Meet this year's Outstanding Recipients of the Mary Doctor Performing Arts Scholarship

May 14, 2020 / Blog
By Liz Rothaus Bertrand

Two local high school seniors, Iyanna Jackson of Myers Park High School (Charlotte) and Marissa Cannon of Ashbrook High School (Gastonia), have been selected as the 2020 recipients of the Mary Doctor Performing Arts Scholarship. This $10,000 annually renewable award helps students who have a passion and demonstrated ability in the performing arts to pursue an undergraduate degree in a related field. The award, named in honor of Charlotte businesswoman Mary Doctor, a tremendous supporter of young people and Blumenthal Performing Arts, can be used for tuition, housing, books and other expenses. Jackson and Cannon are extraordinary young women with very different interests and talents. Here’s a look at each of their stories.


Dancer Iyanna Jackson will soon be heading to New York University’s Tisch School of the Arts to pursue a Bachelor of Fine Arts degree. She has been dancing since she was a toddler. At age 10, Iyanna started competing in dance and by her sophomore year of high school, she knew she wanted to pursue a professional career in the field. Thanks to AP and IB credits as well as foreign language credits she accumulated at her Spanish immersion middle school, Iyanna will be graduating high school a year early.


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She is eager to start her dance career as soon as possible. Through this artform, she has found a way to truly express herself: “...[A]lthough there are multiple different genres and aspects to it, you can always put your own twist on it, and I think that’s what makes an artist because everyone can do the same dance and all look different. So I love the freedom about it and just the ability to just let go … I truly live through that and I think that dance is my free space.”


When Iyanna found out she had been admitted to NYU’s highly regarded arts program, she was ecstatic about the opportunity but also worried about the expense and, particularly, covering the cost of living in New York. She has pursued many different scholarship opportunities but the Mary Doctor Performing Arts Scholarship was especially important. “[T]his scholarship just relieves so much stress off of me and my mom because now I know that I have a place to stay,” says Iyanna. Knowing that her housing costs will be covered means she can focus on immersing herself in the dance program and university life.




She hopes one day to dance on Broadway. And although she knows she will love the big city atmosphere and pace of New York City—having already spent time there for dance intensive workshops, including summer programs at NYU and with Alvin Ailey—she plans ultimately to return to Charlotte. “I don’t want to forget where I’m from,” says Iyanna. After her performing career ends, she also plans to open a dance studio focused on serving children from low income families “because money should never stop your passion,” she says.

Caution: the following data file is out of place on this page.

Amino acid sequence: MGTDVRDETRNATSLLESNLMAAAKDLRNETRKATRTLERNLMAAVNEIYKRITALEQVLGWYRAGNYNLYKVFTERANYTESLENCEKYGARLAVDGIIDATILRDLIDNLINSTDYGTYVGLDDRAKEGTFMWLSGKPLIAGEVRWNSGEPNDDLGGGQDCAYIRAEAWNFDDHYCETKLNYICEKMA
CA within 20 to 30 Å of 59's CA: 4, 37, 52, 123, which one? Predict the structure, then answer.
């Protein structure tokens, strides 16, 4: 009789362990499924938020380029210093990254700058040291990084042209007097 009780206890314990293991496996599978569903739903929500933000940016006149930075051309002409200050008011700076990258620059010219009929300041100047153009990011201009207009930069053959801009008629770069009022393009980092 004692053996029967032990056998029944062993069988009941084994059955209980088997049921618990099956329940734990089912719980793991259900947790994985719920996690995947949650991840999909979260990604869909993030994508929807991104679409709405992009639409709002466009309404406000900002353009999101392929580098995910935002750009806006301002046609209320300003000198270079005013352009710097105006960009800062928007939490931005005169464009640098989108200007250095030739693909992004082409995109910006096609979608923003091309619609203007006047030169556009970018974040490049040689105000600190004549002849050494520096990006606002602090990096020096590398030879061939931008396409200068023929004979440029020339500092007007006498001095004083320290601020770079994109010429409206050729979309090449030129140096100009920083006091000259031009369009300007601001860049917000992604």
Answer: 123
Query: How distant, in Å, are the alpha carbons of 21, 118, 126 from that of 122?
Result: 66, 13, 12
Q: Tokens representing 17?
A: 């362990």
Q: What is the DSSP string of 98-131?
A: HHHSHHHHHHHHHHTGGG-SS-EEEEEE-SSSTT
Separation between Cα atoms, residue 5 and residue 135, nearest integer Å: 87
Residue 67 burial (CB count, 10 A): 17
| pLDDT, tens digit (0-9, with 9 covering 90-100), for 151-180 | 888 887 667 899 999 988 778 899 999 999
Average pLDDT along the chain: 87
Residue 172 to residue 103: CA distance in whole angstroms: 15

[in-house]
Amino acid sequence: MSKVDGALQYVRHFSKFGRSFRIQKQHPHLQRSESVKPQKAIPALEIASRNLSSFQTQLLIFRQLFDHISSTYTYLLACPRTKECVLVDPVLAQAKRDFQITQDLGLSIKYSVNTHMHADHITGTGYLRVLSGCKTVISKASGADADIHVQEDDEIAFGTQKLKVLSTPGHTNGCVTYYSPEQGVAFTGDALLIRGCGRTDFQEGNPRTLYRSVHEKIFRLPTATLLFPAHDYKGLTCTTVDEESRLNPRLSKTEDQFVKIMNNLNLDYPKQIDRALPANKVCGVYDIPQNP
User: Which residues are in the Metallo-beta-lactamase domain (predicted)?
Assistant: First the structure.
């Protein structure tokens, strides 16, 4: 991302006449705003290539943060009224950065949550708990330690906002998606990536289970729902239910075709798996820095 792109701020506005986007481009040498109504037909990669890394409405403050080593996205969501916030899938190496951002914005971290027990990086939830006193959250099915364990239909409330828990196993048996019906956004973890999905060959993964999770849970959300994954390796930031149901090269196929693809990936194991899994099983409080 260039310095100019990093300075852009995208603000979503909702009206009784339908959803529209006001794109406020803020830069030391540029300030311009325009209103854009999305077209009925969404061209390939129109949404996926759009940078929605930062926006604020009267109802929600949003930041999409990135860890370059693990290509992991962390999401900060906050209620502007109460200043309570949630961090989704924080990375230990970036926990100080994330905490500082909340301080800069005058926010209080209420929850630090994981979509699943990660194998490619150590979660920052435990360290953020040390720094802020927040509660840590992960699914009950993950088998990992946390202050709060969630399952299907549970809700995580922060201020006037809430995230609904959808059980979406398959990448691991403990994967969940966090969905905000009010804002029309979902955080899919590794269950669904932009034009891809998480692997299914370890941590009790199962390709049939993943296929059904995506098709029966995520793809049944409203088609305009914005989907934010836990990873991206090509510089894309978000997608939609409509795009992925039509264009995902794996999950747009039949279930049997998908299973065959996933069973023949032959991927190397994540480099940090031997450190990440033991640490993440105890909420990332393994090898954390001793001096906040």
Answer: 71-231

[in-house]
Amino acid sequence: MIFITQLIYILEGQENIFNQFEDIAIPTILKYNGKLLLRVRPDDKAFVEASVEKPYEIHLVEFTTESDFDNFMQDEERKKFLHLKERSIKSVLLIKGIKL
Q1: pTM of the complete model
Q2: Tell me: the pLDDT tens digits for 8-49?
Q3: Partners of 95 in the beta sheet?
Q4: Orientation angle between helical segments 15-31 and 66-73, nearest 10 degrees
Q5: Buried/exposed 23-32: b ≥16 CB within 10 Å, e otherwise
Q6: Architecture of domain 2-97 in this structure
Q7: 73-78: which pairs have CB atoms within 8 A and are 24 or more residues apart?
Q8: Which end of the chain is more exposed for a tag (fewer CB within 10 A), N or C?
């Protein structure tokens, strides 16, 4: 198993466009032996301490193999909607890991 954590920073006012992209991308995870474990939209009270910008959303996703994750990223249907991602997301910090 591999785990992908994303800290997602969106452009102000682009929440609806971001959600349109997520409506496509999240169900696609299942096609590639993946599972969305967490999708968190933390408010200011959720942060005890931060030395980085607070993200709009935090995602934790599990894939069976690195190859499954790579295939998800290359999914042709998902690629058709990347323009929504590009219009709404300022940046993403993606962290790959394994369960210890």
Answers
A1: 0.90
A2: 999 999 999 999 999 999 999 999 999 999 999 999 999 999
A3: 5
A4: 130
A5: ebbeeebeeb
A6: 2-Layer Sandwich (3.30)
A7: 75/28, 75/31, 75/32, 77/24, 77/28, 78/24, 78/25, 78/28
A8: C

Since the Corona Virus hit, she has continued her training from home. “Once your studio is taken away from you and the competitions are taken away from you and you’re taking classes on Zoom, it’s just not the same love feeling and motivation but I’m hanging in there and just pushing through,” says Iyanna.




Marissa Cannon spent her early childhood with extended family in a three-generational home. “It was a giant house and there was always music playing,” says Marissa. Grandma constantly listened to Broadway show tunes in the kitchen and Marissa’s mom would wake up the kids daily with “Good Morning” from SINGIN’ IN THE RAIN. After seeing her first live show, SEUSSICAL, at Children’s Theatre of Charlotte on her 9th birthday, she was hooked. “[T]he Cat in the Hat had to walk over me to get on to the stage,” recalls Marissa, “and I was just in complete awe of the lights and the sounds and the sets and that’s really why I got into tech theater … I’m just in love with musicals. Anyone who knows me can tell you I always have a show tune playing. I love everything about it but especially the set designs and the lighting, it just amazes me.”


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Since then, Marissa has immersed herself in theater. Part of her school’s tech team for the last four years, she has also served as president of both the school’s drama club and International Thespian Society troupe. She participated for two years as a volunteer usher through Blumenthal’s Junior Ambassador program and also had the unique opportunity to travel to New York as part of Blumenthal’s Broadway Experience program.


When Blumenthal’s former VP of Education Ralph Beck called to let her know she’d been awarded a scholarship, he made sure Marissa had her mom next to her to receive the news. “I was on speaker, and I was just sobbing,” she says. “... It’s really amazing. I’m going to App State and that’s always been a dream of mine. And so to go and then not have to worry about too much financially, I’ll be able to not work and focus more on theater because as a theater major it is a lot of hands on.”


Ending her senior year with the COVID-19 outbreak and the stay at home order has been challenging. She knows many of her classmates are disappointed that traditional events like PROM and graduation will not take place as they usually do. But for Marissa, having the spring musical canceled, was the most difficult thing to give up. “Oh my goodness, it just hurts hard,” says Marissa, who had already put three months of work toward the project, as Technical Director of ANYTHING GOES. Her set design for the show was perhaps her most ambitious effort yet, an elaborate two-tier boat with working lights.


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Luckily, she says, Appalachian State University always puts on a fall musical. She can hardly wait to get started.